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Besides haircuts, what do candidates spend money on?

Walter Shapiro writes on Salon.com:
With a record-shattering $150 million already raised by the presidential candidates, the 2008 election cycle is shaping up to be a Gilded Age for the political class. Whoever wins the White House, an elite group of ad-makers, strategists, pollsters, direct-mail mavens and fundraising arrangers will share the spoils of victory and the just as lucrative swag of defeat.

All this brings us to a dirty little secret of politics -- the murky financial arrangements between the top consultants and the campaigns they serve. The Federal Election Commission does not require detailed breakdowns of consultant expenses from the candidates. And the campaigns refuse to voluntarily release this information. The result is that political givers end up knowing far less about how wisely their money was spent than if they had donated the cash to a charity.

Back in February, Mitt Romney was the first member of the Class of '08 to hit TV sets in the early primary and caucus states, with a 60-second biographical spot in which the former Massachusetts governor solemnly declared, "This is not a time for more talk and dithering in Washington. It's a time for action." When it came time to file its first-quarter reports with the FEC, which were due last week, the campaign dutifully chronicled more than $1.8 million in payments to National Media -- the Alexandria, Va., firm in which Romney media advisor Alex Castellanos is a partner.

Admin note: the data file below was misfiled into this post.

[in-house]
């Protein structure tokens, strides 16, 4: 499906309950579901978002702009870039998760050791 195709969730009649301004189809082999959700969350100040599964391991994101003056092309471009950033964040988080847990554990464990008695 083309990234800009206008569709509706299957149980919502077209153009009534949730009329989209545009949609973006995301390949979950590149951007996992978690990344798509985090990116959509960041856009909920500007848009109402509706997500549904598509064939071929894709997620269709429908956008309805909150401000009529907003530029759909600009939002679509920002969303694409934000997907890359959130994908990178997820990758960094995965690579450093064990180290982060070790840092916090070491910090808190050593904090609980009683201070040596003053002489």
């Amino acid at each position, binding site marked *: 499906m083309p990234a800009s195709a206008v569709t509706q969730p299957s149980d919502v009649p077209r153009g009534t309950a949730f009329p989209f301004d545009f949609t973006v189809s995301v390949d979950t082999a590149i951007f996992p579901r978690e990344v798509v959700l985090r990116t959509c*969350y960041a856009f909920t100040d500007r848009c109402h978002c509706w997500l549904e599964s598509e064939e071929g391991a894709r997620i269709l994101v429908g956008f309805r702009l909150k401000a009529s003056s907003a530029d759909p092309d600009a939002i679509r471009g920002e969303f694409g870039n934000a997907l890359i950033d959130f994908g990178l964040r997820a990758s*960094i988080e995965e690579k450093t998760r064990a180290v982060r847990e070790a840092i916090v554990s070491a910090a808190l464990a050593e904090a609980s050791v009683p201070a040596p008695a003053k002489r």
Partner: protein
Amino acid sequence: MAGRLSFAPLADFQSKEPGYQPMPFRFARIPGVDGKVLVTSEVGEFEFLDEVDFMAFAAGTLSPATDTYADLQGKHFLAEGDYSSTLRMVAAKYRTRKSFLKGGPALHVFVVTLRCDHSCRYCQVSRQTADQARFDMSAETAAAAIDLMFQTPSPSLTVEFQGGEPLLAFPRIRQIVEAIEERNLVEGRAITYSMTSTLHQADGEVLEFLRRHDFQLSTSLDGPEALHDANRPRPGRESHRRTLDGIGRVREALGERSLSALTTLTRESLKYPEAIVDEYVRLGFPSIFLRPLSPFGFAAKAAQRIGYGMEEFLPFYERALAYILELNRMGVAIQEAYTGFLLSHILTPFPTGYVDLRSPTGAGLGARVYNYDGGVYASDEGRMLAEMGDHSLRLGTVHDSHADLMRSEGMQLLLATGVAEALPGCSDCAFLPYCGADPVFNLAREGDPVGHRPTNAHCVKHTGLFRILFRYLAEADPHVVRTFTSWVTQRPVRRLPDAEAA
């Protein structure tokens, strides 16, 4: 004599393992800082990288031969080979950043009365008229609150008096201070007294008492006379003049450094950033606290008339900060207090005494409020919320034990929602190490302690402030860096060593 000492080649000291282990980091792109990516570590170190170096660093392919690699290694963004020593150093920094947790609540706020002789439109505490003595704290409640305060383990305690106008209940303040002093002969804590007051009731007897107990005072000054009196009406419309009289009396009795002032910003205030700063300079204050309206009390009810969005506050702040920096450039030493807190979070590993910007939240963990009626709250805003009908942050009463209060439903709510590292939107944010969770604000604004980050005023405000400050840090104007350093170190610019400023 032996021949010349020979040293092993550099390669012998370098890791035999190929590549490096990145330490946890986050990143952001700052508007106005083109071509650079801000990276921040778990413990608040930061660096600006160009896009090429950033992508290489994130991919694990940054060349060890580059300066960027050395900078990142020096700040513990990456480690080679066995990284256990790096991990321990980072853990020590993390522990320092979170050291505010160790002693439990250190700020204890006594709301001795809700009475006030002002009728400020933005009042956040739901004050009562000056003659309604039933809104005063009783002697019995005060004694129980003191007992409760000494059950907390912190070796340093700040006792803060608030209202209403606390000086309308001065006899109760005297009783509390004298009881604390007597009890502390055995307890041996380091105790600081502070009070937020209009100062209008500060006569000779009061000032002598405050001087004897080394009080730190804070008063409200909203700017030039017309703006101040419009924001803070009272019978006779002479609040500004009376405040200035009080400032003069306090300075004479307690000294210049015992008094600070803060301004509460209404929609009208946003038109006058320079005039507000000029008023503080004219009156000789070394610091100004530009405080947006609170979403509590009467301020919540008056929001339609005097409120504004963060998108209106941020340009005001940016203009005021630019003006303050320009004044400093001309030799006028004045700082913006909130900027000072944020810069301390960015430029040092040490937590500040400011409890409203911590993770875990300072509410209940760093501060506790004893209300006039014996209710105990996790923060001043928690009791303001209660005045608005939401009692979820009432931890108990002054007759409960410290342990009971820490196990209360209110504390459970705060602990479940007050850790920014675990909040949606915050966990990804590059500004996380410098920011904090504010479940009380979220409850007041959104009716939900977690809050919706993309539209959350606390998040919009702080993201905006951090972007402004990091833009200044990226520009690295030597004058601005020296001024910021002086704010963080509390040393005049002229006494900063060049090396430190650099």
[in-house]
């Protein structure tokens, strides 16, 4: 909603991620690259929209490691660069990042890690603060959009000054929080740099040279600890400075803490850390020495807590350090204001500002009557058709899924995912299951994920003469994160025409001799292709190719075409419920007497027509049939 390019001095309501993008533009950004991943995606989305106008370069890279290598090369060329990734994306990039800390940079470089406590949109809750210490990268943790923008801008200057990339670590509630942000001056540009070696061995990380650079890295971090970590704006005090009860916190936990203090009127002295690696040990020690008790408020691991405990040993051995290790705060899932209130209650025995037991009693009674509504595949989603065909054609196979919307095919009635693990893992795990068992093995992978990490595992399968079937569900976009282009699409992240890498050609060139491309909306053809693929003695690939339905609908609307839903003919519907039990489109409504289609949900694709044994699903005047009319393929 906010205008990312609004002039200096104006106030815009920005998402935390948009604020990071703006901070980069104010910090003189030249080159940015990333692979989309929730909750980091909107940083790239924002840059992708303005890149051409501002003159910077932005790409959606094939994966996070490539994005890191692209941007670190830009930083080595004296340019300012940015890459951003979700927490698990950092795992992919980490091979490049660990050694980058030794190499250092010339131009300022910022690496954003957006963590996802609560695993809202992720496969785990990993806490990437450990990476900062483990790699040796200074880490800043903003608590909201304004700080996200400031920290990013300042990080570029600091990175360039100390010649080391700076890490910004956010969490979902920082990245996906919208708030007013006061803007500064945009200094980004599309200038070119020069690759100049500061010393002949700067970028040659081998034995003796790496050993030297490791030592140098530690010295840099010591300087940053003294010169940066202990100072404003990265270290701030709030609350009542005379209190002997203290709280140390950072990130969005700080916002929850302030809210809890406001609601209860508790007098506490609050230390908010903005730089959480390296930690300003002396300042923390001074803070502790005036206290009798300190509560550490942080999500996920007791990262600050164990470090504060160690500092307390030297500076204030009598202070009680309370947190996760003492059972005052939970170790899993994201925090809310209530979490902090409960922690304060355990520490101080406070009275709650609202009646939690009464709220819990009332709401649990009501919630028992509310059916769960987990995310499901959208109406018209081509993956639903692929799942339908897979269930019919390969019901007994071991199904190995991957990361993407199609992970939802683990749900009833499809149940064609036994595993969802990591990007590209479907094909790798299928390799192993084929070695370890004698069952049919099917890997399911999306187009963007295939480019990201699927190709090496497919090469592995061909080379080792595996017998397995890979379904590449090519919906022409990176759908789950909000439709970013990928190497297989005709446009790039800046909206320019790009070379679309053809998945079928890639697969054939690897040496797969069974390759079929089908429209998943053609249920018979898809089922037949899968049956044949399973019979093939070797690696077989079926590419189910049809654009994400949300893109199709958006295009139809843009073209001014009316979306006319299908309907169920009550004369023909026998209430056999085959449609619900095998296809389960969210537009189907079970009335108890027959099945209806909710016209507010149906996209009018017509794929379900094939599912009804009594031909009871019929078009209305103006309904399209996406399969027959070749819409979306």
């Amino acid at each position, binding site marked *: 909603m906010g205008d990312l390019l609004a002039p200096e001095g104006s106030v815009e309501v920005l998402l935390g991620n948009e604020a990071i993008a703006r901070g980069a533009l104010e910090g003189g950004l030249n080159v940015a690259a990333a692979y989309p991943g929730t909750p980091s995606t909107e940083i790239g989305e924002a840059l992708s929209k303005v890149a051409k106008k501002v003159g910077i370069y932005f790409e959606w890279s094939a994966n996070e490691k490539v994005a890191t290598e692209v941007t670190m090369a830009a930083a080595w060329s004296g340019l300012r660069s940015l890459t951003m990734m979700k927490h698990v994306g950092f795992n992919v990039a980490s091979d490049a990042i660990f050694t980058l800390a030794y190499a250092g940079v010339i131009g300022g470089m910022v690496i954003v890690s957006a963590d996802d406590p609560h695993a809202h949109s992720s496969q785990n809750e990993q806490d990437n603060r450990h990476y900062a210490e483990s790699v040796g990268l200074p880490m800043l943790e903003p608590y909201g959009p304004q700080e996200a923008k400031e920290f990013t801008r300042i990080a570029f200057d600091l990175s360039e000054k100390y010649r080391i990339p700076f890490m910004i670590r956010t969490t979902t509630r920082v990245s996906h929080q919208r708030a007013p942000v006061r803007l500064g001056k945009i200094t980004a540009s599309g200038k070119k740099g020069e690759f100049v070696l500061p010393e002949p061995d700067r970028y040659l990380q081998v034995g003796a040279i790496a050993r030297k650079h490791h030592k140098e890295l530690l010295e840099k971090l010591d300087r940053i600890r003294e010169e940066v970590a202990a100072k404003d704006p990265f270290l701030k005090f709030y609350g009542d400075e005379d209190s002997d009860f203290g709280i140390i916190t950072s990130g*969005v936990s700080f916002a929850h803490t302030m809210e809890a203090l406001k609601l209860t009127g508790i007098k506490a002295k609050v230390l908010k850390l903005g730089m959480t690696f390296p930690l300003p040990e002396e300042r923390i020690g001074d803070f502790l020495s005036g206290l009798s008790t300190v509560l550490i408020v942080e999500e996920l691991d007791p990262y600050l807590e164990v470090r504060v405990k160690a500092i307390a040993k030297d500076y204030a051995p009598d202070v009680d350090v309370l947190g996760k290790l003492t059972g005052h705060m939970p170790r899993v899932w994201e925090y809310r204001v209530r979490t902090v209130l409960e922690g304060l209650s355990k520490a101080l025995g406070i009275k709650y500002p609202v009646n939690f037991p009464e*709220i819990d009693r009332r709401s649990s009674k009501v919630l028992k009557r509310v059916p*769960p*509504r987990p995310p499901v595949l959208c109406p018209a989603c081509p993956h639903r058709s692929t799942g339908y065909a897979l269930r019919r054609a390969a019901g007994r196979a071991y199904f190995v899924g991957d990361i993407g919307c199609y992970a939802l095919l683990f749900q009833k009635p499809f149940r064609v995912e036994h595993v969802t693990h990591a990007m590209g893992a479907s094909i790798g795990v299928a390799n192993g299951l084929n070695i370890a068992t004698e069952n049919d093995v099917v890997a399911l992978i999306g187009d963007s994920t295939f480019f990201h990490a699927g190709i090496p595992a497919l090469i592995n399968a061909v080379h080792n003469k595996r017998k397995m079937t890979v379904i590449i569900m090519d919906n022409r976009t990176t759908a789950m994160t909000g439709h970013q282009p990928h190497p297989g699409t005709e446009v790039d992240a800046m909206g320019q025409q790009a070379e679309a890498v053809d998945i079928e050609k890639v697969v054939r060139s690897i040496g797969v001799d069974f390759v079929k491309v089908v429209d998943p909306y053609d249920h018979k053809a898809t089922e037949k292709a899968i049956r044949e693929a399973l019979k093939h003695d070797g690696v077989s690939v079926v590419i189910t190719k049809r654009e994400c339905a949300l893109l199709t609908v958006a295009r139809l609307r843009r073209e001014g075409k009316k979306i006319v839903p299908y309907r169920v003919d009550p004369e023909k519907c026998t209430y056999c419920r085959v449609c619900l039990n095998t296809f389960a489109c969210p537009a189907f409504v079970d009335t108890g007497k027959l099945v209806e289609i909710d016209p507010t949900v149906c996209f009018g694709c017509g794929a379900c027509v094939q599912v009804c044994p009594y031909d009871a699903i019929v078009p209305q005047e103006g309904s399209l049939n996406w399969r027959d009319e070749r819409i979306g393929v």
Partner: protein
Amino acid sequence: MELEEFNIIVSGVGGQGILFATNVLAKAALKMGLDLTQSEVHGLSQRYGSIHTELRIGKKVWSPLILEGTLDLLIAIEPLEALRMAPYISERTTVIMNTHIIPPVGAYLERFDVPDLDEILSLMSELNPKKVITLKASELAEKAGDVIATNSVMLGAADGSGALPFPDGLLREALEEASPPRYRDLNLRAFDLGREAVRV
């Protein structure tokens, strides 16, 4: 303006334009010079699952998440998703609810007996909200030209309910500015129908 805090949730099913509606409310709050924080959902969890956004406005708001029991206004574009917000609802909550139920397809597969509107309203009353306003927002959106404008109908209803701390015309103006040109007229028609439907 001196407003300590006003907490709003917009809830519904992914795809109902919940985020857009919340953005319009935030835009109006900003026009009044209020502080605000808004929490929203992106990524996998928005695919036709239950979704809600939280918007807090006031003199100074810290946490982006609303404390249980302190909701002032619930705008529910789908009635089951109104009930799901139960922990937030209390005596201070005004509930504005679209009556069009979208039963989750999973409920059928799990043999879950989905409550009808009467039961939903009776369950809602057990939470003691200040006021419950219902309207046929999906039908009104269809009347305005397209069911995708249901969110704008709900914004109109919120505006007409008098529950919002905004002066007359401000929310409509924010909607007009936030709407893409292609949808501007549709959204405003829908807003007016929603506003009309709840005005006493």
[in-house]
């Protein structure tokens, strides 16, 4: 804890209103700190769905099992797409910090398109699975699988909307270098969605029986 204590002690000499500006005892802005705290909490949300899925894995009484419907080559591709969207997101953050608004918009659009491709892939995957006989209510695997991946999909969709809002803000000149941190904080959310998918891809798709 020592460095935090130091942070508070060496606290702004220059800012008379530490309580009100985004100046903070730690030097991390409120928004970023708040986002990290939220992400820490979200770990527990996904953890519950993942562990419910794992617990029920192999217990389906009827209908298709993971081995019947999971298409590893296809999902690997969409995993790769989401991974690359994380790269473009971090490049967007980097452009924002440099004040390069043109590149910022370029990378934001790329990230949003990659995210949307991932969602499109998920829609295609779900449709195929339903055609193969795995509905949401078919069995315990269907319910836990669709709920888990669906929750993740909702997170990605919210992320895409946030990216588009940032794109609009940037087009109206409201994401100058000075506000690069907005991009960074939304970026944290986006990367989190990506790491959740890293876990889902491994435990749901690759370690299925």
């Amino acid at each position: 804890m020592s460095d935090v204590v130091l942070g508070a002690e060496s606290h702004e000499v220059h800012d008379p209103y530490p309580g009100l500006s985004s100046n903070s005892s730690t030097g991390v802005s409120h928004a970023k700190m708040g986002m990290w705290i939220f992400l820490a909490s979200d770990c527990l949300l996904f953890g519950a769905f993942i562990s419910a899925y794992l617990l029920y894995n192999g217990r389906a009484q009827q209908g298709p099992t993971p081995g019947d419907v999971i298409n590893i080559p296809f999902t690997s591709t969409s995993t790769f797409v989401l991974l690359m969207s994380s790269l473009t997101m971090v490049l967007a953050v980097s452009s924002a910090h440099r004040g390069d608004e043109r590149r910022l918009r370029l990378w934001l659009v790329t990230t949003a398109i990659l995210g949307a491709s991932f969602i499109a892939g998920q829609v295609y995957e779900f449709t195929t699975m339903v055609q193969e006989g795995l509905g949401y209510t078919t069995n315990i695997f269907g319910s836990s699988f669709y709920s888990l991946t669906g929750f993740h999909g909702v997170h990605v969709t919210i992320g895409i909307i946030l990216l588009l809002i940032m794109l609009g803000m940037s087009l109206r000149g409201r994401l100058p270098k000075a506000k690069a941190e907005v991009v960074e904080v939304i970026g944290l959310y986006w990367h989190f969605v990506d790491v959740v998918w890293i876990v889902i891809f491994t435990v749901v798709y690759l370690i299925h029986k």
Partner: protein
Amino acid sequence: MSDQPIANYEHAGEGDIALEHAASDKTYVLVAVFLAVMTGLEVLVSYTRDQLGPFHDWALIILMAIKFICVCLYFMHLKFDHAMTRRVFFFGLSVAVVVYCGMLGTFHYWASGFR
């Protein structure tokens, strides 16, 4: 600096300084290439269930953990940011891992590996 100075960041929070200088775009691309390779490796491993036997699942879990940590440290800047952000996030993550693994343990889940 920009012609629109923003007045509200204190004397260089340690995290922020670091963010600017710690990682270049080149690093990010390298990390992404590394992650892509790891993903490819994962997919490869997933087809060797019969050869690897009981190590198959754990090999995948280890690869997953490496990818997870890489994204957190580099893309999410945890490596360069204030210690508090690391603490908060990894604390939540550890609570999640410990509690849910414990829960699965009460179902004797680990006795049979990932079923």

But there is no way of knowing from the FEC report what portion of this money was used to purchase TV time, how much paid for production costs or how much went directly to Castellanos as a fee. To raise that $1.8 million required a minimum of 782 donors, since the maximum individual contribution for the primaries is $2,300. But what these political givers got for their money is considered confidential information by the Romney campaign. -- Are political consultants getting rich off your money? | Salon.com

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